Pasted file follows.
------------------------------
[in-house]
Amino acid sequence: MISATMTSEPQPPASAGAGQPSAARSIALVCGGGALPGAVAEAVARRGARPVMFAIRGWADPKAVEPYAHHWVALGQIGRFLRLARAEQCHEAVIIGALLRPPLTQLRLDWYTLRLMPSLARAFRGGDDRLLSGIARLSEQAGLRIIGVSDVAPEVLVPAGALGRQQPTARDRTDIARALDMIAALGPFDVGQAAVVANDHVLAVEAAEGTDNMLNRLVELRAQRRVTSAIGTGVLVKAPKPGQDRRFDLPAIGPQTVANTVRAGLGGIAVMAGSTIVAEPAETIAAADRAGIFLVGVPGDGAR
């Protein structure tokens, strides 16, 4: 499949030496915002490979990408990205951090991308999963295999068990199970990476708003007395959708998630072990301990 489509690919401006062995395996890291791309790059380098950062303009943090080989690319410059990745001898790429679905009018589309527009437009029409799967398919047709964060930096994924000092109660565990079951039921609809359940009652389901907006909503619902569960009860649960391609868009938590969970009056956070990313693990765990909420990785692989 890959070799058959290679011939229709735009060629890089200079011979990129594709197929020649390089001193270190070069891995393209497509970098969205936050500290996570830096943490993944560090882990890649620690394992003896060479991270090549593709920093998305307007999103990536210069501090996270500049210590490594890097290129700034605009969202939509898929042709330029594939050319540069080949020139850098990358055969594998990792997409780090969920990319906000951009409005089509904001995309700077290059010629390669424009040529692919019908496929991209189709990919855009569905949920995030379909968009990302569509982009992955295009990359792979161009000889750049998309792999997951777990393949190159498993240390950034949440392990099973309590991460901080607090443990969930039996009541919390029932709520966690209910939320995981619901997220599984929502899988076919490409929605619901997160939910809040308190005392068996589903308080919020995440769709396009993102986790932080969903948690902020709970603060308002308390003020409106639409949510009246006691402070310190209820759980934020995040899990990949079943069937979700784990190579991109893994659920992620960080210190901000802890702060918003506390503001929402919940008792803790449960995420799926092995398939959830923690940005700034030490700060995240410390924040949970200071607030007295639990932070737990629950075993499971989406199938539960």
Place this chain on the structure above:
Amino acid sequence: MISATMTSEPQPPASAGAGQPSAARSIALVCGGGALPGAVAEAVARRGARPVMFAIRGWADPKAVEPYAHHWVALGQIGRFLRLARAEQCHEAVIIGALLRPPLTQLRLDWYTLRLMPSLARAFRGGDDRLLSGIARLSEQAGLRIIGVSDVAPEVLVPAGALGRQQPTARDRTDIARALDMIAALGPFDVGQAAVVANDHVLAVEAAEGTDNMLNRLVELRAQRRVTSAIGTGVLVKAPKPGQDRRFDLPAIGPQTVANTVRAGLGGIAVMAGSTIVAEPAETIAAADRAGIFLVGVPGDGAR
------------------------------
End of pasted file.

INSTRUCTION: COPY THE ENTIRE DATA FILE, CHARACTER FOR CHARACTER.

[in-house]
Amino acid sequence: MISATMTSEPQPPASAGAGQPSAARSIALVCGGGALPGAVAEAVARRGARPVMFAIRGWADPKAVEPYAHHWVALGQIGRFLRLARAEQCHEAVIIGALLRPPLTQLRLDWYTLRLMPSLARAFRGGDDRLLSGIARLSEQAGLRIIGVSDVAPEVLVPAGALGRQQPTARDRTDIARALDMIAALGPFDVGQAAVVANDHVLAVEAAEGTDNMLNRLVELRAQRRVTSAIGTGVLVKAPKPGQDRRFDLPAIGPQTVANTVRAGLGGIAVMAGSTIVAEPAETIAAADRAGIFLVGVPGDGAR
């Protein structure tokens, strides 16, 4: 499949030496915002490979990408990205951090991308999963295999068990199970990476708003007395959708998630072990301990 489509690919401006062995395996890291791309790059380098950062303009943090080989690319410059990745001898790429679905009018589309527009437009029409799967398919047709964060930096994924000092109660565990079951039921609809359940009652389901907006909503619902569960009860649960391609868009938590969970009056956070990313693990765990909420990785692989 890959070799058959290679011939229709735009060629890089200079011979990129594709197929020649390089001193270190070069891995393209497509970098969205936050500290996570830096943490993944560090882990890649620690394992003896060479991270090549593709920093998305307007999103990536210069501090996270500049210590490594890097290129700034605009969202939509898929042709330029594939050319540069080949020139850098990358055969594998990792997409780090969920990319906000951009409005089509904001995309700077290059010629390669424009040529692919019908496929991209189709990919855009569905949920995030379909968009990302569509982009992955295009990359792979161009000889750049998309792999997951777990393949190159498993240390950034949440392990099973309590991460901080607090443990969930039996009541919390029932709520966690209910939320995981619901997220599984929502899988076919490409929605619901997160939910809040308190005392068996589903308080919020995440769709396009993102986790932080969903948690902020709970603060308002308390003020409106639409949510009246006691402070310190209820759980934020995040899990990949079943069937979700784990190579991109893994659920992620960080210190901000802890702060918003506390503001929402919940008792803790449960995420799926092995398939959830923690940005700034030490700060995240410390924040949970200071607030007295639990932070737990629950075993499971989406199938539960």
Place this chain on the structure above:
Amino acid sequence: MISATMTSEPQPPASAGAGQPSAARSIALVCGGGALPGAVAEAVARRGARPVMFAIRGWADPKAVEPYAHHWVALGQIGRFLRLARAEQCHEAVIIGALLRPPLTQLRLDWYTLRLMPSLARAFRGGDDRLLSGIARLSEQAGLRIIGVSDVAPEVLVPAGALGRQQPTARDRTDIARALDMIAALGPFDVGQAAVVANDHVLAVEAAEGTDNMLNRLVELRAQRRVTSAIGTGVLVKAPKPGQDRRFDLPAIGPQTVANTVRAGLGGIAVMAGSTIVAEPAETIAAADRAGIFLVGVPGDGAR